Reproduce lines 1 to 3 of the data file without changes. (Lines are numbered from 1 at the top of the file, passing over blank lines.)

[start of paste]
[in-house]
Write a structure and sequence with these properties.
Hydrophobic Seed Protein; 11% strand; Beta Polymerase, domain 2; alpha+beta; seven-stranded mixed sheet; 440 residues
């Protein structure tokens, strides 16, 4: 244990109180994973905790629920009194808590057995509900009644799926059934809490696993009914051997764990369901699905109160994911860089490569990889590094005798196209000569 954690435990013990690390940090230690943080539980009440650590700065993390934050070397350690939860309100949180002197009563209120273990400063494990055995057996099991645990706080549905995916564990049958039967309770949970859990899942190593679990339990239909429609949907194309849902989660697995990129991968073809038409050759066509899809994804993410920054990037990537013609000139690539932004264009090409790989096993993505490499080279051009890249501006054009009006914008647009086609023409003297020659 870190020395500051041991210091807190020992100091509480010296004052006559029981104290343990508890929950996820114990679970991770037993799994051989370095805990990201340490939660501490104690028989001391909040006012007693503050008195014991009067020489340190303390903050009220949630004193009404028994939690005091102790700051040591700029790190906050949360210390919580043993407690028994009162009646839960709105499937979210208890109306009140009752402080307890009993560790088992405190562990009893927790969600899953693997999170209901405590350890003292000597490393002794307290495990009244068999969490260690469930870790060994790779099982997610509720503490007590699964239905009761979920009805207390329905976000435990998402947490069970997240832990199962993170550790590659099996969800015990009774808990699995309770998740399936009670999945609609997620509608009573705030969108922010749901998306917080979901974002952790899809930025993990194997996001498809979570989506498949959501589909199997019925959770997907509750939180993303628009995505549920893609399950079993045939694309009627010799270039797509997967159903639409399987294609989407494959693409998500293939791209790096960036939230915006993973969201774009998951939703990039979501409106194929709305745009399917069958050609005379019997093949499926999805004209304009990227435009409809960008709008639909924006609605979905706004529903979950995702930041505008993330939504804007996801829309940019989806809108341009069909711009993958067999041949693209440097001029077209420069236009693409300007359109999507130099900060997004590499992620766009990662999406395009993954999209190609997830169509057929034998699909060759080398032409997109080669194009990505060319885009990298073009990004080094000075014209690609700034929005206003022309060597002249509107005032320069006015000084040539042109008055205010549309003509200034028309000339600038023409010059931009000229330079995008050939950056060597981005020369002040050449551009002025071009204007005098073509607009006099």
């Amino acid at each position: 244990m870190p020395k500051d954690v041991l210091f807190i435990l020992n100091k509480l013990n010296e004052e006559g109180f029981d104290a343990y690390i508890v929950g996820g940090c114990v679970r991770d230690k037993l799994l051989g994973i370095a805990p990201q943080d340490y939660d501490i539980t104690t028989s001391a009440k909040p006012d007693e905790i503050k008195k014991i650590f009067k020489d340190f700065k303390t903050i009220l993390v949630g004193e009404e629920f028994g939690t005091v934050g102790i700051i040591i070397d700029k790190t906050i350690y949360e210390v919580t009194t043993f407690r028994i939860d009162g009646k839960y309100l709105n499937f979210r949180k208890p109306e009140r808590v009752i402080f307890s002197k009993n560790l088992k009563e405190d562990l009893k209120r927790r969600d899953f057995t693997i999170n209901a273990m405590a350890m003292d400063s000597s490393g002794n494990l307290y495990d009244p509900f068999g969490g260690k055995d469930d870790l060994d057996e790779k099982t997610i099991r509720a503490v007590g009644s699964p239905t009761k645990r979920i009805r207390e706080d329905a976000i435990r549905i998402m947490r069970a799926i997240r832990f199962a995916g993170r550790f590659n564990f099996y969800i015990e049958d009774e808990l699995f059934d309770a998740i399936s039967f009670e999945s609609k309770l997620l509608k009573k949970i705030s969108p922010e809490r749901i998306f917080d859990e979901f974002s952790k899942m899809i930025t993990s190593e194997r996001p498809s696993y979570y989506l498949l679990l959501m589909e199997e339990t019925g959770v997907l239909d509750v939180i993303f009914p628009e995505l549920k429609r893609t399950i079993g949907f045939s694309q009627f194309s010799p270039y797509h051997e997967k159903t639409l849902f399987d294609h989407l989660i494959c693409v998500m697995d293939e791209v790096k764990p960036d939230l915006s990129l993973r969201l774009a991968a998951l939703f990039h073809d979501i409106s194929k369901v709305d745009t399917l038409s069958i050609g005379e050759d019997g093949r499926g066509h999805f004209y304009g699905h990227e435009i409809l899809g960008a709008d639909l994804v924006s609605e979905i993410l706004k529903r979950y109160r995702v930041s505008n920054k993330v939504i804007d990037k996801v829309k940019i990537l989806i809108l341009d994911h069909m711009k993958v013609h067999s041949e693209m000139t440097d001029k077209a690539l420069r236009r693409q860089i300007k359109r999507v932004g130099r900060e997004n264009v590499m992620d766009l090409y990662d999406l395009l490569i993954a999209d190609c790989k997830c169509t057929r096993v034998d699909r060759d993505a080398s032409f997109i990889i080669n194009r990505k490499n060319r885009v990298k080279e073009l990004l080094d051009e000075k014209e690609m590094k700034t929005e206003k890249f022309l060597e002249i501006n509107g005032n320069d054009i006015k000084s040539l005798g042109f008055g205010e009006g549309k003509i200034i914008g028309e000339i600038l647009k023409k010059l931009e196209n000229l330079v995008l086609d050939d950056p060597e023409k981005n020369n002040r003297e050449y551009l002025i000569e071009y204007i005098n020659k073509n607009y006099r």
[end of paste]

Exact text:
[in-house]
Write a structure and sequence with these properties.
Hydrophobic Seed Protein; 11% strand; Beta Polymerase, domain 2; alpha+beta; seven-stranded mixed sheet; 440 residues